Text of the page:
• better payment terms for anyone owing up to €3,000 to the tax office;
  • reduction of VAT from 24% to 22% and from 13% to 11%; and
  • main pension contributions to drop from 20% to 15%.

A long list indeed. He also promised handouts in the form of premiums for newborn children, higher minimum wages, or hiring 1500 more police officers.  

How is New Democracy planning to finance this and fulfil the primary surplus target of 3.5% of GDP? The €1.5bn they found in savings may not be so easy to realise. Or does the government count on getting a lower primary surplus target negotiated any time soon? 

The main problem with Mitsotakis' economic programme is timing. The new prime minister believes that, by cutting taxes and encouraging investments, growth, jobs and tax revenues will return. In New Democracy's programme published just days before the elections, the party sees private sector investment reaching €65bn, or one third of GDP. Together with the construction sector this could deliver about 80.000 jobs and economic growth would reach 4% once again. 

Mitsotakis chose as spending minister Theodoros Skylakakis, a centrist politician who was ousted from New Democracy in 2010 after he disputed the assertion by Antonis Samaras, ND prime minister at the time, that the Greek budget deficit of 11.2% of GDP would be eliminated in just one year. The current plans are much more modest. But the creditors are not convinced that they are compatible with the primary surplus goal. And this alone suggests troubles ahead.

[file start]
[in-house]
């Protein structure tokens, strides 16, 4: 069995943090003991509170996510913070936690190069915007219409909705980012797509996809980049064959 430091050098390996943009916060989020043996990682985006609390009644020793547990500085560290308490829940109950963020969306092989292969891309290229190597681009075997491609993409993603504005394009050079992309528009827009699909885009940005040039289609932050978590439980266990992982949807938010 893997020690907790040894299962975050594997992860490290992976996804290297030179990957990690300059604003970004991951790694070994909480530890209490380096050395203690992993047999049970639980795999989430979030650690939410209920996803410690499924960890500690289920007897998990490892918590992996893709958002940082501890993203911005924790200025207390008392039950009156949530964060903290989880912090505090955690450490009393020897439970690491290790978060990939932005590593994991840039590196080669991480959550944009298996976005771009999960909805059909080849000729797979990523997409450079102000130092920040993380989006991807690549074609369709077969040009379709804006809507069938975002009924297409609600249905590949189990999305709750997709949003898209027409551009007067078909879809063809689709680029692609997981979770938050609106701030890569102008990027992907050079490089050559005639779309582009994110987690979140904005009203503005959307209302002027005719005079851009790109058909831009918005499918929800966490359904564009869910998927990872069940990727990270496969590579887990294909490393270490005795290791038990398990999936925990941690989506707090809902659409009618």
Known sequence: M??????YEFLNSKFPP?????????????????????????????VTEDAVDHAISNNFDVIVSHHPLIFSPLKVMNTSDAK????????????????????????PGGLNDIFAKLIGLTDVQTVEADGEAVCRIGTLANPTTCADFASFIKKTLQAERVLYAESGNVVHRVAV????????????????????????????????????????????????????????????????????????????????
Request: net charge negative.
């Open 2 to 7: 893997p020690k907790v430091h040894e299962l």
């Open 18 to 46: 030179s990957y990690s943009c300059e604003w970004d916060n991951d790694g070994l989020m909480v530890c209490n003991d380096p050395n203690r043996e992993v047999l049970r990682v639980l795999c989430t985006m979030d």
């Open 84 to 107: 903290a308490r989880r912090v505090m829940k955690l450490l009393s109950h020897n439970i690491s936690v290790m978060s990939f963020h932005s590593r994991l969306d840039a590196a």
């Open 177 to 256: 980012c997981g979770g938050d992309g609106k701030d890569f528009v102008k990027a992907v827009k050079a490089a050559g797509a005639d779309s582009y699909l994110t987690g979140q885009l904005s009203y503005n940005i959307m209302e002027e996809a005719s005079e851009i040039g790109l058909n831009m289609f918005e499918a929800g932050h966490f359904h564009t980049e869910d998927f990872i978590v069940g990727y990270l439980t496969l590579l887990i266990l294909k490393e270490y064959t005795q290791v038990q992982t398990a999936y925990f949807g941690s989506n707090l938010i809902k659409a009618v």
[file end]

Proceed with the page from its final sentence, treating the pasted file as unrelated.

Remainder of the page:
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July 15, 2019

The feel-good factor in the pre-Brexit days

Most of our readers from outside the UK would probably not even know, or care, that England won the world championship in cricket last night. The reason we mention this here is that big sporting successes sometimes have a political impact. We think this may be one of those times. We recall the importance of the 1990 World Cup victory in football for Germany; the 1998 victory for France; or the 2004 European Cup victory for Greece. Boris Johnson’s main campaign message is based on cheer-leading optimism about the country’s post-Brexit future. A big sporting success plays well into that story line.

Another factor that helps him is the decline of the Brexit Party in the polls. As we have pointed out, the Brexit Party's success or failure is related directly to perceptions in the country on whether Brexit will take place as promised, or not. The latest BMG poll has the Tories at 28%, Labour at 27%, and the Brexit Party at 14%. What we are seeing here is the Johnson effect. Even the news media have given up the pretence of a contest. In polling terms Johnson and Nigel Farage are the perfect yo-yo. Their combined support is stable. If Johnson delivers Brexit by October, Farage is finished. He and his hordes of MEPs will leave Brussels unmourned. And there will be nothing for them to fight for in the UK in that case. 

But if Johnson were to ask for another Brexit extension and were forced into an election before delivering Brexit, we would take the threat from Farage very seriously indeed.

Farage's effect on an early Brexit-delivery election, in either September or October, would be less clear. We suspect that Brexit supporters will line up behind Johnson, rather than risk a split of the pro-Brexit vote. But that depends very much on the prevailing perceptions at the time.